U.N. warns excluding women from top jobs threatens COVID-19 recovery

by Sharon Kimathi | @sharon_kits | Thomson Reuters Foundation
Thursday, 8 July 2021 04:01 GMT

A woman wears a protective face mask as demonstrators keep social distance by holding onto purple ribbons as they protest for women rights and against child abuse, amid the spread of the coronavirus disease (COVID-19), in Istanbul, Turkey, May 20, 2020. REUTERS/Umit Bektas

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Women risk being overlooked in coronavirus responses with more than 10% of official taskforces made up entirely of men, finds U.N. analysis

By Sharon Kimathi

LONDON, July 8 (Thomson Reuters Foundation) - Global efforts to recover from the COVID-19 pandemic are under threat because women are being excluded from critical decision-making roles, the United Nations said on Thursday.

Only 6% of coronavirus task forces, which are responsible for co-ordinating government responses to the deadly virus, have equal numbers of men and women, while 11% have no women at all, found the U.N. Development Programme (UNDP).

"The pivotal decisions being made today will affect the well-being of people and planet for generations to come," Achim Steiner, UNDP's administrator, said in a statement.

"Sustainable recovery is only possible when women are able to play a full role in shaping a post-COVID-19 world that works for all of us."

New data by the UNDP and the Gender Inequality Research Lab at the University of Pittsburgh found that women hold less than one in three top leadership positions in public administration globally, jeopardising a green and inclusive recovery.

While 58% of employees in health ministries are women, they only hold 34% of health policy decision-making positions, their research in 170 countries found.

The analysis comes as many countries grapple with the economic and social fallout from COVID-19, which UNDP said could push another 105 million women and girls into poverty by 2030.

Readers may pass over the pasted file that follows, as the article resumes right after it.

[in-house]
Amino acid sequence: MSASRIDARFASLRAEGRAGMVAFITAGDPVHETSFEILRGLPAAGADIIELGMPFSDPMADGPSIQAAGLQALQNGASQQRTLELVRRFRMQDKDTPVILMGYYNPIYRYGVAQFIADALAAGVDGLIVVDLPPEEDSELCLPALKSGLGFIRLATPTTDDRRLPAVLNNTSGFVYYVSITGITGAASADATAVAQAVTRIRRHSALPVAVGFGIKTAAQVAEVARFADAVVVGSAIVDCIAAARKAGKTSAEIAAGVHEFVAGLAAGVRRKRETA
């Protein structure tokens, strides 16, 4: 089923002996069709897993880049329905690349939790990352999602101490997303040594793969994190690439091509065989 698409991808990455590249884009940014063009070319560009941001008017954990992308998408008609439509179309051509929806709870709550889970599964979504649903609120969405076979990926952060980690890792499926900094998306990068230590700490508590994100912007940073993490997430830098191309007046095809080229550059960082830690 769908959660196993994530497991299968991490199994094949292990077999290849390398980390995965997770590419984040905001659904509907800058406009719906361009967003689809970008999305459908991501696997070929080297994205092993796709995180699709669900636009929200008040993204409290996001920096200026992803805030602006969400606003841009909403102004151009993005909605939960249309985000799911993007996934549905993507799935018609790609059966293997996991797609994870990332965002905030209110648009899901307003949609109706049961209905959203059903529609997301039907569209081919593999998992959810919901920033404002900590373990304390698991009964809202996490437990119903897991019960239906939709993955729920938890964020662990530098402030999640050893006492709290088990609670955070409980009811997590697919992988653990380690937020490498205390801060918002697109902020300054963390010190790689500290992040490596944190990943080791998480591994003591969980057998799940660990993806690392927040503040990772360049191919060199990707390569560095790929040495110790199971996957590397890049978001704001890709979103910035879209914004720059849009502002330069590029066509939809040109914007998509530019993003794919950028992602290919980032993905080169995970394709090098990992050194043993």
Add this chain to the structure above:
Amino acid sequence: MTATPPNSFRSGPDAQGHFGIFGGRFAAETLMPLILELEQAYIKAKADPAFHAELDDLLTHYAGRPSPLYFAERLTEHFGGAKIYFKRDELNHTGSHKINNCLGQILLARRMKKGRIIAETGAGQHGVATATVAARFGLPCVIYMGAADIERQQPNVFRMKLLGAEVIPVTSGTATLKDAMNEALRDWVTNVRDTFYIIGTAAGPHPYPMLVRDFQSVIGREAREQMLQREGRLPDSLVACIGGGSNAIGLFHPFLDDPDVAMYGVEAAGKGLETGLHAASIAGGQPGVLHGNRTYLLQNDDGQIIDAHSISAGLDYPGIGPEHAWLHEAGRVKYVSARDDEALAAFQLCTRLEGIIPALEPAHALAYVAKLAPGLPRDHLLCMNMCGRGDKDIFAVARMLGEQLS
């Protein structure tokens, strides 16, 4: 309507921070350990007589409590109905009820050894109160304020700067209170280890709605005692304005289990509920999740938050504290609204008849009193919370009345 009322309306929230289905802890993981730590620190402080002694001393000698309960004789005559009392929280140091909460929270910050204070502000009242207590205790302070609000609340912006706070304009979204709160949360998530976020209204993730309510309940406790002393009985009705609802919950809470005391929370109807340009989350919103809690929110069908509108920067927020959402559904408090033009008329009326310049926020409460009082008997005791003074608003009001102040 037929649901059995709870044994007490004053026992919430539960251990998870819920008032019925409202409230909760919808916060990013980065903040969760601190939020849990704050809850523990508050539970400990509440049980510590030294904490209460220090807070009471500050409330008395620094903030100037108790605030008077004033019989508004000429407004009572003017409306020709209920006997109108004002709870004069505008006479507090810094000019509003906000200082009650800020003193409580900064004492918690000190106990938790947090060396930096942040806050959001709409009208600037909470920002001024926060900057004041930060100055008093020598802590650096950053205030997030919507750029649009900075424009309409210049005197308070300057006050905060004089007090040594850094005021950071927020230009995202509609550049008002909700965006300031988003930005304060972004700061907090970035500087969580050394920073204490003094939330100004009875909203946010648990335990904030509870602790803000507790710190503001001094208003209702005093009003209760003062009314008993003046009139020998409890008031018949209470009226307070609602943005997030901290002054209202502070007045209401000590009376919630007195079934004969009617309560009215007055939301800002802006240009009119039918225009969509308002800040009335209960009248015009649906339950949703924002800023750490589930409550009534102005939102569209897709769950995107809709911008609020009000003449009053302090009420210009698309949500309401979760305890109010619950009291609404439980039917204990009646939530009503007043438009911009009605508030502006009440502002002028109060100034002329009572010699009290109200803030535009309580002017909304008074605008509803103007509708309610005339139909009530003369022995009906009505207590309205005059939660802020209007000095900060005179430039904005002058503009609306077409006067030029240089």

UNDP highlighted an "alarming rise in violence against women and girls" and the "large loss of jobs and income, which are threatening to set back progress on gender equality".

It said that governments are more responsive and accountable and the quality of public services, particularly around health, childcare and violence against women, significantly improves when women take leadership roles in public administration.

"While the findings are disheartening, they are not surprising," Henriette Kolb, head of the gender and economic inclusion group at the World Bank Group's International Finance Corporation, told the Thomson Reuters Foundation.

"Women in both the public and private sector are severely underrepresented in leadership positions. However, if we want to create a resilient, equitable, inclusive and growing economy, we need everybody to have a seat at the leadership table."

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(Reporting by Sharon Kimathi. Editing by Katy Migiro. Please credit the Thomson Reuters Foundation, the charitable arm of Thomson Reuters, that covers the lives of people around the world who struggle to live freely or fairly. Visit http://news.trust.org)

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